INSTITUTO ARGENTINO DE NIVOLOGIA, GLACIOLOGIA Y CIENCIAS AMBIENTALES
Unidad Ejecutora - UE
Sensitivity of Nothofagus dombeyi tree growth to climate changes along a precipitation gradient in northern Patagonia, Argentina
SUAREZ, M.L.; VILLALBA, R.; MUNDO, I.A.; SCHROEDER, N.
TREES-STRUCTURE AND FUNCTION
Lugar: Berlin; Año: 2015 vol. 29 p. 1053 - 1053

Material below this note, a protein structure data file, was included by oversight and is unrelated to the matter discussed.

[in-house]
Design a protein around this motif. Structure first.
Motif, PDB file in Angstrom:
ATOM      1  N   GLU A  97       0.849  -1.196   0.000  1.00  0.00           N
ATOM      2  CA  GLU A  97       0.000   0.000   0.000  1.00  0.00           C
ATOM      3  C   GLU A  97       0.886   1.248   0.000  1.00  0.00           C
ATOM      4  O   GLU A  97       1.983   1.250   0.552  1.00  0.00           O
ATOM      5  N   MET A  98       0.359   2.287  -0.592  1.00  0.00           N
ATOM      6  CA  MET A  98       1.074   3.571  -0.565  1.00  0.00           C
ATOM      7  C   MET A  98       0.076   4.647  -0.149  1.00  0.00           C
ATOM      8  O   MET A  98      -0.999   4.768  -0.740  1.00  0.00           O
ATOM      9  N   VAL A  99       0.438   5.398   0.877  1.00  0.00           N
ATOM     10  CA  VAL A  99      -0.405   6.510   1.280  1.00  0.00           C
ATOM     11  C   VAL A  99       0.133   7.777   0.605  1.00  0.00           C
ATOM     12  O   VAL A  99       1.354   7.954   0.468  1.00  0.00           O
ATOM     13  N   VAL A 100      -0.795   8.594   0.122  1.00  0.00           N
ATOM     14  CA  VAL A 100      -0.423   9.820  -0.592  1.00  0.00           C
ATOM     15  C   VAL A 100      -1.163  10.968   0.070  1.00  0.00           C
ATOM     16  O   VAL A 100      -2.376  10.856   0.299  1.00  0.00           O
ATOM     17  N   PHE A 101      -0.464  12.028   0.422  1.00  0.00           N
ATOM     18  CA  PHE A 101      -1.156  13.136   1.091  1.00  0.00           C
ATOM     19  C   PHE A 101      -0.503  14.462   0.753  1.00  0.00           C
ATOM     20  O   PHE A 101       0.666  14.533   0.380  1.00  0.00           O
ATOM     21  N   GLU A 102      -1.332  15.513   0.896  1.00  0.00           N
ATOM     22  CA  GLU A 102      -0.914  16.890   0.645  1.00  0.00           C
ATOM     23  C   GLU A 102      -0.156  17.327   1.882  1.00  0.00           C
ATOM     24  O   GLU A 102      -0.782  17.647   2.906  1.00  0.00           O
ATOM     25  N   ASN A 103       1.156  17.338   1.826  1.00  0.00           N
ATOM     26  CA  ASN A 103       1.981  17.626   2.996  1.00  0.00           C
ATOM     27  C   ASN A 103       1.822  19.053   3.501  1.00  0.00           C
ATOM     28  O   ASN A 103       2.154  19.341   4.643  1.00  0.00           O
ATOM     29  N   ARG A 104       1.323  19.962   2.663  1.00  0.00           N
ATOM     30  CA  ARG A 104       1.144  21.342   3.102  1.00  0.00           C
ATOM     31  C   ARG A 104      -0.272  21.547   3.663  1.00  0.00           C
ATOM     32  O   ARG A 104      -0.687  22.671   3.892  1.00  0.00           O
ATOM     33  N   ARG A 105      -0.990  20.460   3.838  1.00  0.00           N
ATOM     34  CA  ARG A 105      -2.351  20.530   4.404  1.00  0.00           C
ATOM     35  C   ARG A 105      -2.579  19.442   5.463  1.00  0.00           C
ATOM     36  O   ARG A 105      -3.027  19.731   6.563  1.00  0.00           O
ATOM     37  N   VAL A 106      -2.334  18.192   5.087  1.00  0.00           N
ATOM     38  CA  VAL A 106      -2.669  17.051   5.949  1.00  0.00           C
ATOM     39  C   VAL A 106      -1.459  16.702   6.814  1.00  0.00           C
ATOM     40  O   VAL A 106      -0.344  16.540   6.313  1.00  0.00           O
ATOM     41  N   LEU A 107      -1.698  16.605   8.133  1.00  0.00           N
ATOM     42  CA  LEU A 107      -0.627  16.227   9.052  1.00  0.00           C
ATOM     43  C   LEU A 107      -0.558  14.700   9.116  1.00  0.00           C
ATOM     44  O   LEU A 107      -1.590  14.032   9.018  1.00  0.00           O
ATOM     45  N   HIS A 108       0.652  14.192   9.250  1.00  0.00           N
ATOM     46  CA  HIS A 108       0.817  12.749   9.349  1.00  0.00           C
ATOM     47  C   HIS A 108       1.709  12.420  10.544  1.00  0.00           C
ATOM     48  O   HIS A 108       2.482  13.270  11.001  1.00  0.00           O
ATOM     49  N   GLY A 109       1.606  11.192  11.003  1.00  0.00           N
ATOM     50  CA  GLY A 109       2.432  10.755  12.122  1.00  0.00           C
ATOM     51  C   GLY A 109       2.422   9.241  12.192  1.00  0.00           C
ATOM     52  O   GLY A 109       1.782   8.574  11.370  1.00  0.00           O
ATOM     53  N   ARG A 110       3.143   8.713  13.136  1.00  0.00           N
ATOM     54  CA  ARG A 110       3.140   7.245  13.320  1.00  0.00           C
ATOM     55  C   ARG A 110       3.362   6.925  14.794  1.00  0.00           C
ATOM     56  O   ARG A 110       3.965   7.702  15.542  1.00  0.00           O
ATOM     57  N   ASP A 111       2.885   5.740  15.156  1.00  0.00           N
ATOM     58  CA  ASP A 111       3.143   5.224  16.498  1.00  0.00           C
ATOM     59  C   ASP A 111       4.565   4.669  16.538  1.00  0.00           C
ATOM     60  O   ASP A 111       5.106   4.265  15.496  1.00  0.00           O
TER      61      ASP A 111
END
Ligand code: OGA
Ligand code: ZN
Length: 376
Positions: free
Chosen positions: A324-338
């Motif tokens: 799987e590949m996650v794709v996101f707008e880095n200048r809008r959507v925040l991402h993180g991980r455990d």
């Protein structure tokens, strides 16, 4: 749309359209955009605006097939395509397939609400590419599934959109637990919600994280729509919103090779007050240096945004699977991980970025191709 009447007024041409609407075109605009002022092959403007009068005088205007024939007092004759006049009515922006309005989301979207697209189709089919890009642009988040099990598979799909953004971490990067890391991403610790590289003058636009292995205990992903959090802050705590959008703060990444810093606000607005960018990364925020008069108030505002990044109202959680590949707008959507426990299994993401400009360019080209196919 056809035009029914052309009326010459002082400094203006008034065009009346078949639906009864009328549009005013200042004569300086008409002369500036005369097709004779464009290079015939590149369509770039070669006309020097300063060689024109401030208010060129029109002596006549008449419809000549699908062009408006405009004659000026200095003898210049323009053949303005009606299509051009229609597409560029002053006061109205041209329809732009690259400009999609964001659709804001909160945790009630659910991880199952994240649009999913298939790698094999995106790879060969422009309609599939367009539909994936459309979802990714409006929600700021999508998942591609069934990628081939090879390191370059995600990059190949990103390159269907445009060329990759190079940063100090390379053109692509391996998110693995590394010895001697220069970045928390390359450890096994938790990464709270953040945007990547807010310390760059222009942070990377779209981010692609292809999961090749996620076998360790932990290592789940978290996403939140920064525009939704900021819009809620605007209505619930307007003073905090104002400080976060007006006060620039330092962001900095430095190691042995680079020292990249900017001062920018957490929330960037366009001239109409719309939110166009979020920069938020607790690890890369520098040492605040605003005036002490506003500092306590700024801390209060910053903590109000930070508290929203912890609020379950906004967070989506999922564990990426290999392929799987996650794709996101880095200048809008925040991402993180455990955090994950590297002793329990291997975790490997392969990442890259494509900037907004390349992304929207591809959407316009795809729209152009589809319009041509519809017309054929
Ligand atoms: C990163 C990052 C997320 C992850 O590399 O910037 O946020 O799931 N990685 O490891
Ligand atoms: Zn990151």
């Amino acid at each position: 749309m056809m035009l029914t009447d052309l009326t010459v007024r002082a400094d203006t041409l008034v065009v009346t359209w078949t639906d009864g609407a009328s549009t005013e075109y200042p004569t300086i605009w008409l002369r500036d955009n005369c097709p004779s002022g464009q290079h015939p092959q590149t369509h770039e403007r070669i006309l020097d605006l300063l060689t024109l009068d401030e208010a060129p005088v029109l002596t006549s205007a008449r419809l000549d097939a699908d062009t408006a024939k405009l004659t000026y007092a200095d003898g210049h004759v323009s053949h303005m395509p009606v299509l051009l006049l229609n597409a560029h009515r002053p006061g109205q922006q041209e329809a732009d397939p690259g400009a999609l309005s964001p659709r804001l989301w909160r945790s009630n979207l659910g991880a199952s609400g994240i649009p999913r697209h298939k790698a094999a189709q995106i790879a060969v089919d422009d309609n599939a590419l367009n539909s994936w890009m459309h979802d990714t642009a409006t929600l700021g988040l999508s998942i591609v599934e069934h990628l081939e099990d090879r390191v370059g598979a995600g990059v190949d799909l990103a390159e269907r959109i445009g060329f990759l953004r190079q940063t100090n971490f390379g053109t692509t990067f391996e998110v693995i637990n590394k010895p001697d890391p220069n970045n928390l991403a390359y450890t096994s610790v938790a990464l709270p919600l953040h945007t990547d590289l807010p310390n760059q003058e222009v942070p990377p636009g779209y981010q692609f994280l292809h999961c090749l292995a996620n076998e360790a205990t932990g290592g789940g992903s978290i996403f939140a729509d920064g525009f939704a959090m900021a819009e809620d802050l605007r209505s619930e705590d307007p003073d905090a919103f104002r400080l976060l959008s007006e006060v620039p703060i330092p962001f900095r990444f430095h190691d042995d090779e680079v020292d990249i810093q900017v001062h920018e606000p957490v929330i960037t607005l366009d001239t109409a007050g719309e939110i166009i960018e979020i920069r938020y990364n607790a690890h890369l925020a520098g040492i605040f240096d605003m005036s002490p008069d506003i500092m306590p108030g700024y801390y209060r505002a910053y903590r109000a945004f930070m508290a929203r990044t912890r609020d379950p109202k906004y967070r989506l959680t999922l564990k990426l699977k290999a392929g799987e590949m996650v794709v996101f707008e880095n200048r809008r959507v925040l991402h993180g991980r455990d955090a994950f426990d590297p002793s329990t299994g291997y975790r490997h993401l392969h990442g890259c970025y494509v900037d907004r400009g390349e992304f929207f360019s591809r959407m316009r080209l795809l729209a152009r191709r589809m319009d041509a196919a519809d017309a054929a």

Understanding forest responses to climate variations is urgently needed for anticipating changes in forest composition and biodiversity. We use twelve tree-ring chronologies from Nothofagus dombeyi, the dominant tree at mesic-to-humid sites, to characterize climate?growth relationships along the west-to-east precipitation gradient in Nahuel Huapi National Park, Argentina. A principal components analysis indicates that a large proportion of common variance in tree growth reflects regional-scale influences of climate. Correlation functions between climate and tree-ring indexes show that the critical factor regulating tree growth is spring?summer water deficit induced by above-average temperature and reduced precipitation during the growing season. At high elevations, however, tree growth appears to be less sensitive to water deficit but comparatively more sensitive to warmer conditions. Temporal trends in climate?tree growth relationships supported the occurrence of a dominant large-scale climatic response, but also identify changes in climate?growth relationships over time, primarily at wet and high-elevation sites. These variations in climate?growth relationships are interpreted as a convergence process to similar patterns in tree growth across the entire precipitation gradient, as wet?cool conditions at high-elevation sites turned to be less frequent due to drier and warmer years during the late twentieth century. Sampling along environmental gradients provides a comprehensive view of the potential range of responses of tree growth to climate which is not recorded using traditional dendrochronological sampling at marginal, more climate-sensitive sites. The recent changes in the relationships between climate and growth highlight the vulnerability of N. dombeyi to climate changes across its entire range of distribution in Argentina.